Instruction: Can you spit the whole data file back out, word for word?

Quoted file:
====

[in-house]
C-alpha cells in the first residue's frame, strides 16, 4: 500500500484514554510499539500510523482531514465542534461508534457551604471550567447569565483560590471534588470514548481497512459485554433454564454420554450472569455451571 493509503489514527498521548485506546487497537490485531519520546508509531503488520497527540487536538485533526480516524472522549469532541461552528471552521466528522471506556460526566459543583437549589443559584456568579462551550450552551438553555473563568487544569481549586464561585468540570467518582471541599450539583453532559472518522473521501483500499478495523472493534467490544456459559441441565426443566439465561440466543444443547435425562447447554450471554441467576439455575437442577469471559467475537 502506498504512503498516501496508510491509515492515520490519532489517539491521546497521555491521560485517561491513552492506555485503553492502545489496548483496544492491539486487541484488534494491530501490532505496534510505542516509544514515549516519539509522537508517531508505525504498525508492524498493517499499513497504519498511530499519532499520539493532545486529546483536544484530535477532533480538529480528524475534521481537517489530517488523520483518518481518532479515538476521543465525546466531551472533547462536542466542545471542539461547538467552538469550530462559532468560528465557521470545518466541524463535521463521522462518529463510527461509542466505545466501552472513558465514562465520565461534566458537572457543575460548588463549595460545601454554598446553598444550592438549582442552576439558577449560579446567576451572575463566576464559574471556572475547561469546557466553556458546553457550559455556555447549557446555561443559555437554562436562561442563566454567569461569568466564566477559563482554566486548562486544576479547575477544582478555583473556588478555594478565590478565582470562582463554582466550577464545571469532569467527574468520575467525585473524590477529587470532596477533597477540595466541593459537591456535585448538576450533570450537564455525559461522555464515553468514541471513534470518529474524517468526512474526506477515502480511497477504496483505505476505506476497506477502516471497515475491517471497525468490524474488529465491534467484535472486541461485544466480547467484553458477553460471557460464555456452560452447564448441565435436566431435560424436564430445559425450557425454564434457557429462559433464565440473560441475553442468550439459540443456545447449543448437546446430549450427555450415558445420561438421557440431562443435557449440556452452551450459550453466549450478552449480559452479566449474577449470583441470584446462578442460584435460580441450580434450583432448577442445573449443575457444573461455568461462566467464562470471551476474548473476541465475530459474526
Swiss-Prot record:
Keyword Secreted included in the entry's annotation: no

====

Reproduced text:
[in-house]
C-alpha cells in the first residue's frame, strides 16, 4: 500500500484514554510499539500510523482531514465542534461508534457551604471550567447569565483560590471534588470514548481497512459485554433454564454420554450472569455451571 493509503489514527498521548485506546487497537490485531519520546508509531503488520497527540487536538485533526480516524472522549469532541461552528471552521466528522471506556460526566459543583437549589443559584456568579462551550450552551438553555473563568487544569481549586464561585468540570467518582471541599450539583453532559472518522473521501483500499478495523472493534467490544456459559441441565426443566439465561440466543444443547435425562447447554450471554441467576439455575437442577469471559467475537 502506498504512503498516501496508510491509515492515520490519532489517539491521546497521555491521560485517561491513552492506555485503553492502545489496548483496544492491539486487541484488534494491530501490532505496534510505542516509544514515549516519539509522537508517531508505525504498525508492524498493517499499513497504519498511530499519532499520539493532545486529546483536544484530535477532533480538529480528524475534521481537517489530517488523520483518518481518532479515538476521543465525546466531551472533547462536542466542545471542539461547538467552538469550530462559532468560528465557521470545518466541524463535521463521522462518529463510527461509542466505545466501552472513558465514562465520565461534566458537572457543575460548588463549595460545601454554598446553598444550592438549582442552576439558577449560579446567576451572575463566576464559574471556572475547561469546557466553556458546553457550559455556555447549557446555561443559555437554562436562561442563566454567569461569568466564566477559563482554566486548562486544576479547575477544582478555583473556588478555594478565590478565582470562582463554582466550577464545571469532569467527574468520575467525585473524590477529587470532596477533597477540595466541593459537591456535585448538576450533570450537564455525559461522555464515553468514541471513534470518529474524517468526512474526506477515502480511497477504496483505505476505506476497506477502516471497515475491517471497525468490524474488529465491534467484535472486541461485544466480547467484553458477553460471557460464555456452560452447564448441565435436566431435560424436564430445559425450557425454564434457557429462559433464565440473560441475553442468550439459540443456545447449543448437546446430549450427555450415558445420561438421557440431562443435557449440556452452551450459550453466549450478552449480559452479566449474577449470583441470584446462578442460584435460580441450580434450583432448577442445573449443575457444573461455568461462566467464562470471551476474548473476541465475530459474526
Swiss-Prot record:
Keyword Secreted included in the entry's annotation: no